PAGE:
Thursday, April 10, 2014

The Worst Job You'll Ever Have

Sitting in this waiting room I see old people, young people, men, women, black people, white people, skinny and fat people.  There are baldheads, hat heads, scarves, wigs, and heads full of hair. I see spouses, mothers, fathers, sisters, brothers, friends, family, and private caretakers.  Cancer doesn’t take applicants. It doesn’t just accept those who have the prerequisites for it.  It doesn’t care about your GPA, community service or your internship.  It doesn’t care if you’ve been a garbage man for 30 years, a doctor for 10 years, or a stay-at-home mom raising her 7 children.  It doesn’t care that you’ve just retired or if you’ve just started your family.  When you get its call, you will take it, it won’t leave a message.  It expects you to drop everything because it has become your new full-time, limited benefits, job.  You may get some occasional time off, but never the promise of retirement.  It is the ultimate over-worked, under-paid scenario.

Our trip to “Saint Loolis” as Sloane affectionately calls it couldn’t have started out any better.  The kiddos did great with the 4.5-hour drive and we arrived at our hotel around 8pm Tuesday evening.  After the arrival of my dear friend Lindsey, we headed to the indoor pool to get Sloane some playtime.  After She proclaimed this was “the best day everrrrr” it was time for bed and an early wake up for lab work.  Dow, Brandt and I headed to the cancer center for labs and paperwork while Lindsey and Sloane walked to the St Louis Aquarium.  We finished with scheduling and a preliminary workup knowing Dow would be back for an Avastin infusion and trial drug injection in the morning.  After a traumatizing encounter with man-eating macaws at the aquarium’s entrance, Sloane decided that trip needed to be nixed before it even started.  As the day went on, Dow’s anxiety seemed to increase and we decided to go ahead and send the kids back to Kansas City with Lindsey so they could be in their environment.   We spent a lovely evening bowling, and trying to relax as much as possible.

This morning has been frustrating.  I know it’s just the first day kinks, but even when you think you’ve done everything to prepare-something goes wrong.  Between insurance red tape and pharmacy hold-up this already emotional day has become more stressful without even having a drug yet.  The plan is to receive the trial injection, followed by a 30 minute Avastin infusion, and a one-hour wait period for side effects.  We will then head back to KC to be with our little ones.  Unless I post another update, assume that all went well with medications and that we are tentatively planning to be back every 2 weeks for treatments.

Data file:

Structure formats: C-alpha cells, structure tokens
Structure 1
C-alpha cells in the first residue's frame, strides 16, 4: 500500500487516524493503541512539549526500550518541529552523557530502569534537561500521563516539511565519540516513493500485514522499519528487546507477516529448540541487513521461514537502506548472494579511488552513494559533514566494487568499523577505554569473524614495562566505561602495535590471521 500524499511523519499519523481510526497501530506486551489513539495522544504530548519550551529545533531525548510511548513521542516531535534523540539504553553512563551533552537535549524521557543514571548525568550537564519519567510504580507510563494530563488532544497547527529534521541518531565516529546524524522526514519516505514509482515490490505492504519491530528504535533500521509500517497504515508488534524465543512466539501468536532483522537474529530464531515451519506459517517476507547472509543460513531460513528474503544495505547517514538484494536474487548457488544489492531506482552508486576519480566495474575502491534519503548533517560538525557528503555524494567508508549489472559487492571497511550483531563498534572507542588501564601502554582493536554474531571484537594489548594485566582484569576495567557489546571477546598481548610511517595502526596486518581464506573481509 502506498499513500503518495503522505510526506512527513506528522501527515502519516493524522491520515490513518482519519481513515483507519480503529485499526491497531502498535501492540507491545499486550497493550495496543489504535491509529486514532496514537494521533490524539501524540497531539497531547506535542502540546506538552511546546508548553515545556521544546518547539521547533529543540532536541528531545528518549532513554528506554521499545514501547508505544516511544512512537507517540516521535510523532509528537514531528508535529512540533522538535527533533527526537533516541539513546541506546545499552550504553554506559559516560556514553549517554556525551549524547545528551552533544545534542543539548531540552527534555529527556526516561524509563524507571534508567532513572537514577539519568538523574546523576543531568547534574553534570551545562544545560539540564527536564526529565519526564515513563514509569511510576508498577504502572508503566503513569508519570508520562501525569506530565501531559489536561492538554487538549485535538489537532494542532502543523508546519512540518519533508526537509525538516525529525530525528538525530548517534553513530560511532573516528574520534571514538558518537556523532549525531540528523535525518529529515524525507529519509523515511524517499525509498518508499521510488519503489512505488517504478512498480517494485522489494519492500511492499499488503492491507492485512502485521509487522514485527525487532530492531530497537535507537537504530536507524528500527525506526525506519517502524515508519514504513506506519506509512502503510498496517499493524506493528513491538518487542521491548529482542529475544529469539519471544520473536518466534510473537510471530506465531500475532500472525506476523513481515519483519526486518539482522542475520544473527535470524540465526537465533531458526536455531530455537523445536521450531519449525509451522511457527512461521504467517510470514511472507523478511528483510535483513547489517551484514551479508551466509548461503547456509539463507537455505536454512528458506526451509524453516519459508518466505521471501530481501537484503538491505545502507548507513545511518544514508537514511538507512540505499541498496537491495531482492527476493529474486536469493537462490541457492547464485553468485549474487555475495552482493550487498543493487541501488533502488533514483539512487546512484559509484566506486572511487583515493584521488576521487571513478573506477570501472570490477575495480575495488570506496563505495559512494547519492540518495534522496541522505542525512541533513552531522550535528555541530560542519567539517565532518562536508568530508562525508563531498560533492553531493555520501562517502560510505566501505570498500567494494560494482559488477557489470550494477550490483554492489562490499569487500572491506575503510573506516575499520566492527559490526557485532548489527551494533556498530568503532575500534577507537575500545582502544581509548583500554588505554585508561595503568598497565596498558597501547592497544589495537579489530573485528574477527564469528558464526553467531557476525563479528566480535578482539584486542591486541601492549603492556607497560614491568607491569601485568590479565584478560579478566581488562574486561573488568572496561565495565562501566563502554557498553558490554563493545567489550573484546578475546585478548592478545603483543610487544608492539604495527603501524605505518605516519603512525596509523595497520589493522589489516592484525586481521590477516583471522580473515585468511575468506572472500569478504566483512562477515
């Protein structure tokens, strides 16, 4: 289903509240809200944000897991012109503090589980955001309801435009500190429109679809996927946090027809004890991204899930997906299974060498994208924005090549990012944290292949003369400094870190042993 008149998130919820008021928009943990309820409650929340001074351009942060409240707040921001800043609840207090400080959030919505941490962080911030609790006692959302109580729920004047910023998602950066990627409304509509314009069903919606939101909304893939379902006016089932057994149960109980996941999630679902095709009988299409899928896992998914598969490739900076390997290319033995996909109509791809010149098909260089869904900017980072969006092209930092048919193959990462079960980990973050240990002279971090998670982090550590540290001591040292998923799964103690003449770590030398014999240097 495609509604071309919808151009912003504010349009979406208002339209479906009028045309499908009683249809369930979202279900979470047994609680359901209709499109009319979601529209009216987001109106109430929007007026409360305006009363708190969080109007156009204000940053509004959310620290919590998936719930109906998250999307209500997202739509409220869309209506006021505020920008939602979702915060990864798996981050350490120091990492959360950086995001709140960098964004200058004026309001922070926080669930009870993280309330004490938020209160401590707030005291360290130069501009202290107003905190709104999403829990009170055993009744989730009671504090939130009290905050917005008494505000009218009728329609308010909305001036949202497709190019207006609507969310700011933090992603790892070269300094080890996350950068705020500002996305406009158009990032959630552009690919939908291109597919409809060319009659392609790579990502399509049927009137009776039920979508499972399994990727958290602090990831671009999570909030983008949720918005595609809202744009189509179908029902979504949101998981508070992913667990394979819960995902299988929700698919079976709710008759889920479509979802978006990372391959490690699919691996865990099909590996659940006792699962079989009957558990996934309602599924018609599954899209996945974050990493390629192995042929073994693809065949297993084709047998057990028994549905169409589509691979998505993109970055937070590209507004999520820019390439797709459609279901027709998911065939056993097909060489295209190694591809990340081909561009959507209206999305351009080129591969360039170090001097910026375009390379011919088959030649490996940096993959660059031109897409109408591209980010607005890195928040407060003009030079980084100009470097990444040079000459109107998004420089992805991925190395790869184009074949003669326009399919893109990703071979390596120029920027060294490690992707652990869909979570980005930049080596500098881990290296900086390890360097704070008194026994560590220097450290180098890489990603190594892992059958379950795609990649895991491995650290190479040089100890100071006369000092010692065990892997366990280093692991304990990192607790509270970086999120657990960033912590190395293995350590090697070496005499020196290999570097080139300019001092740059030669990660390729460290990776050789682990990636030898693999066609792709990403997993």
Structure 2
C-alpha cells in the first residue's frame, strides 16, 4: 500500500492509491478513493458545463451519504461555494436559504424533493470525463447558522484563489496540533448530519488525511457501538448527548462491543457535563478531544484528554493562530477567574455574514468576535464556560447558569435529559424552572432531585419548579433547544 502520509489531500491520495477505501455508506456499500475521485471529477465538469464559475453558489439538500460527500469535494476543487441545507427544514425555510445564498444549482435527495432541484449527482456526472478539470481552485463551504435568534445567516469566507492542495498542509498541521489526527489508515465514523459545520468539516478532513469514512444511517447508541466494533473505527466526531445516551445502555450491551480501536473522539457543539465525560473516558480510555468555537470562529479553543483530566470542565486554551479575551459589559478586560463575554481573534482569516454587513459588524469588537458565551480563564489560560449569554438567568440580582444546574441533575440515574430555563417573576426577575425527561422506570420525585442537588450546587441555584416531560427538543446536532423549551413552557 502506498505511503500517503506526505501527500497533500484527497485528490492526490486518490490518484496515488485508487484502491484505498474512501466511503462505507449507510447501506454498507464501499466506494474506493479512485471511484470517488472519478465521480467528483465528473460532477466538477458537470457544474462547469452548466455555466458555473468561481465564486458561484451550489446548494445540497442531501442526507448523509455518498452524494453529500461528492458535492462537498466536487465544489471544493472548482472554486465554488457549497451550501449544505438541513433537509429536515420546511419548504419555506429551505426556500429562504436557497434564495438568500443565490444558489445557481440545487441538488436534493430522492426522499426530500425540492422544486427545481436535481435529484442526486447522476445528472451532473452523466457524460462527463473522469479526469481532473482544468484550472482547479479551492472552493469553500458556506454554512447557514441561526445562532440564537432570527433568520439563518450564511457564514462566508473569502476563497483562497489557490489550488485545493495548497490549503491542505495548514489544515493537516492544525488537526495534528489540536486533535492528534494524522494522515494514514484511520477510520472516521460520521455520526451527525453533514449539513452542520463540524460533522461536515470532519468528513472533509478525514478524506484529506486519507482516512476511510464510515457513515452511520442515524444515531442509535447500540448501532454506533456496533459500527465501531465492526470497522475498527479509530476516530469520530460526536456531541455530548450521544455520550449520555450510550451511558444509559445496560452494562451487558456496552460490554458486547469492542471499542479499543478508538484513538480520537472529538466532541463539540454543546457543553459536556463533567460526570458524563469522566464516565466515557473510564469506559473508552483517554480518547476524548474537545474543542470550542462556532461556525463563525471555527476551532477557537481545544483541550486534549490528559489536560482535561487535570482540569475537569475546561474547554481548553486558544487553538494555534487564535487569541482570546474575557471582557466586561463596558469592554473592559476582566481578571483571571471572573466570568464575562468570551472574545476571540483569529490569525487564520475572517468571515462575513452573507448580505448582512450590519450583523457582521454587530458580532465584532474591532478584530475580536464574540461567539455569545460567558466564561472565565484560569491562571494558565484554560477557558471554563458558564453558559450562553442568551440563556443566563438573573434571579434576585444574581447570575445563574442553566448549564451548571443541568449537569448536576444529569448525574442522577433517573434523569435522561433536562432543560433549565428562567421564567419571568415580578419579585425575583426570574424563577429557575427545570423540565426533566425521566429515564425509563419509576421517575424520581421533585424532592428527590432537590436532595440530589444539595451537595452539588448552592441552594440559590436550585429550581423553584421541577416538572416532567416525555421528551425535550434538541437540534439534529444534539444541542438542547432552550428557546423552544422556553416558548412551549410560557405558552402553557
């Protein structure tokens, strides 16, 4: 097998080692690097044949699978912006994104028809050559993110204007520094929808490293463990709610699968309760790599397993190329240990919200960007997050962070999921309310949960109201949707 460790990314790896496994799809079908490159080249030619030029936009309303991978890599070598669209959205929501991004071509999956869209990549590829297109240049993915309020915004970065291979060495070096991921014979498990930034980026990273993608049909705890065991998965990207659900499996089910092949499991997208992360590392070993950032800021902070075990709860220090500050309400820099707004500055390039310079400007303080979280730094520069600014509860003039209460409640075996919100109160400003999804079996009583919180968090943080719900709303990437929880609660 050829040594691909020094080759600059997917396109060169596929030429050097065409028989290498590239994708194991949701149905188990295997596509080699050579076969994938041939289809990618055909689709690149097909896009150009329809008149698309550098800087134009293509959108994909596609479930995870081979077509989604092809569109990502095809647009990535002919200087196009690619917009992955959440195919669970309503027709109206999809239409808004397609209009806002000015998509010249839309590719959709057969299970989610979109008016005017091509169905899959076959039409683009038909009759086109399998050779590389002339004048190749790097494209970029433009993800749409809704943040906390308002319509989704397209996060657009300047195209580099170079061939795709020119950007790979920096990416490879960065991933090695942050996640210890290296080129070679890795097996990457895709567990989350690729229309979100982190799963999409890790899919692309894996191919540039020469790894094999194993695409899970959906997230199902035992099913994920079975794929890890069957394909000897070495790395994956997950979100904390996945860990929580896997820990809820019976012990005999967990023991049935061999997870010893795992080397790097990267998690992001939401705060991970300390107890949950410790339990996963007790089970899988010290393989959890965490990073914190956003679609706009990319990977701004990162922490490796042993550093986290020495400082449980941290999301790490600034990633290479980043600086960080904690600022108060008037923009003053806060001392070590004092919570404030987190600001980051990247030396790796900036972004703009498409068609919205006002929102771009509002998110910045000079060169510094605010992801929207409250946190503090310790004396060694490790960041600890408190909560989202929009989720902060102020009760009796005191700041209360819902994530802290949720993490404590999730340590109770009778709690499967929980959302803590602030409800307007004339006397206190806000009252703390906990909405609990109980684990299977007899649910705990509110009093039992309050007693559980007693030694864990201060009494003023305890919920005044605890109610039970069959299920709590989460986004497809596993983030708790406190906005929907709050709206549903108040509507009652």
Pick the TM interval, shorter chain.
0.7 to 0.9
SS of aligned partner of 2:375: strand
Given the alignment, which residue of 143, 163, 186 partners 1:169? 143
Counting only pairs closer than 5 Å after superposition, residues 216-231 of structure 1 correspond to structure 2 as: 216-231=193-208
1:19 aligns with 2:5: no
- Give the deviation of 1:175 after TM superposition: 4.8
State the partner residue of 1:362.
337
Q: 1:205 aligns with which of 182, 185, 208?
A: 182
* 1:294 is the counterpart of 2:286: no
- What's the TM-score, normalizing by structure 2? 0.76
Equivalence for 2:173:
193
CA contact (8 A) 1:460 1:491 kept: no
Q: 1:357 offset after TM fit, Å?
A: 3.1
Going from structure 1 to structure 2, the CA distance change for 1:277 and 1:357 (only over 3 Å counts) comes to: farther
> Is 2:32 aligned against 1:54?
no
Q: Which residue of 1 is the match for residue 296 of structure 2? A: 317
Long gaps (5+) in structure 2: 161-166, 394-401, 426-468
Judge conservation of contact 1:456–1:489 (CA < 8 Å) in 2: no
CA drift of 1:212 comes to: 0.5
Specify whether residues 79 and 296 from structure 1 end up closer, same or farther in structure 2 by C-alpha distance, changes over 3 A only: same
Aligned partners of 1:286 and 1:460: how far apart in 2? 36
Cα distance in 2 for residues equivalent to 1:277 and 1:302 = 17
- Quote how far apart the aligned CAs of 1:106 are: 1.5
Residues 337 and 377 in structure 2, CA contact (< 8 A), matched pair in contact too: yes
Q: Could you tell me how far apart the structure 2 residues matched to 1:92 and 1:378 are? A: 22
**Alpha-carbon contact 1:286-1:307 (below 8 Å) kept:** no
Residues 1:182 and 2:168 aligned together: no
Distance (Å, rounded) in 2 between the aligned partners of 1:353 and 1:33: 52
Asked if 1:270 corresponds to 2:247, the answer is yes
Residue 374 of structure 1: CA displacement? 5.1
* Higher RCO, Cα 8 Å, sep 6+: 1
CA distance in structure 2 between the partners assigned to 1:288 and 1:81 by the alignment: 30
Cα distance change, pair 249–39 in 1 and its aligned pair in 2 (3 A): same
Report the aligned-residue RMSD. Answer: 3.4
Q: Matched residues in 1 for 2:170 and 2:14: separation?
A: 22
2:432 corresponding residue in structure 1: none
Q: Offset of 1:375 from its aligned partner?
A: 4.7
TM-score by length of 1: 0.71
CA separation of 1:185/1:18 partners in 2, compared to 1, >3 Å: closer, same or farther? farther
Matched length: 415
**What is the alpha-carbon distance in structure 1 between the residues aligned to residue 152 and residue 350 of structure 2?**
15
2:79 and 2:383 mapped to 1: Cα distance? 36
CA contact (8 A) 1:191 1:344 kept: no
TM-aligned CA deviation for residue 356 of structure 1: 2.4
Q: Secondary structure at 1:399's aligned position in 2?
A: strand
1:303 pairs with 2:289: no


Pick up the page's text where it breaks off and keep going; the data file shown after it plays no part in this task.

Rarely does cancer affect only one person.  It takes its toll on the family, friends, and community surrounding them.  Life won’t stop for cancer.   Bills still have to be paid, lawns need to be mowed, and toilets have to be scrubbed.   I have seen firsthand in our lives the way people band together to help ease the stresses on our family.  Childcare, lawn care, meals, donations, the list goes on and on, and we are forever in the debts of those who have stepped up to take part in our journey.  In this waiting room microcosm, I am seeing all the different ways people cope with this garbage pail disease, and I am in awe of the way humans come together to care for one another in times of need.  

Tuesday, April 1, 2014

Fear of the Unknown is Far Worse than What is Known

The last 3 months have had its ups, downs, and everything in between.  Since Dow began the clinical trial at KU we have been living 8 weeks at a time.   He receives MRIs on this schedule.  So while we have done our best to enjoy life, there has been an undercurrent of anxiety. Always waiting for the other shoe to drop when scan time rolls around.

I have learned in the last 9 months that fear of the unknown is far worse that what is known.  Last summer, we had no idea what the future held for us.  What I know now is that we have been able to lead relatively normal lives since diagnoses.  We have been very fortunate that Dow has had minimal side effects from surgery, treatments, etc.

Last week that shoe finally dropped, and Dow’s MRI showed tumor progression.  After a lengthy discussion with our local oncologist we decided to head back to Washington University in St. Louis to pursue other options.  We returned home knowing we had several paths we could choose and the situation isn’t completely hopeless.  After an emotionally charged weekend, we were informed this afternoon that he is not a surgical candidate at this point in time.  This news is bittersweet.  Another craniotomy is the best method of tumor elimination, but I’m not sure that my heart could handle such emotion again, so soon.  It is now up to us to decide on which trial we are going to place our bets.

This is a horrific disease.  It is all consuming, with no real treatment.  It has affected every aspect of our lives and just as we were learning to accept our new reality, the consternation this development brings is devastating.  We have started the grieving process all over again.

Even though this is a major setback, we know what we are dealing with.  We’ve been living with a monster in the closet, but now we know what it looks like and it’s just a matter of keeping it at bay.  Our 2 year-old has started noticing strange noises.  When she gets scared, we remind her to see what it is, because she will feel better.  This is the same way we are approaching this.  The treatments may get worse, and the symptoms may be more prevalent, but we are prepared.  The fear of the unknown is far worse than what is known.

A dear friend has recently started the TEAM DOW FUND in our honor.  This is to help alleviate the increasing costs of treatment, medications, and now travel expenses.  Below is information for those who wish to donate.

608 Rosewood Circle
Raymore, MO 64083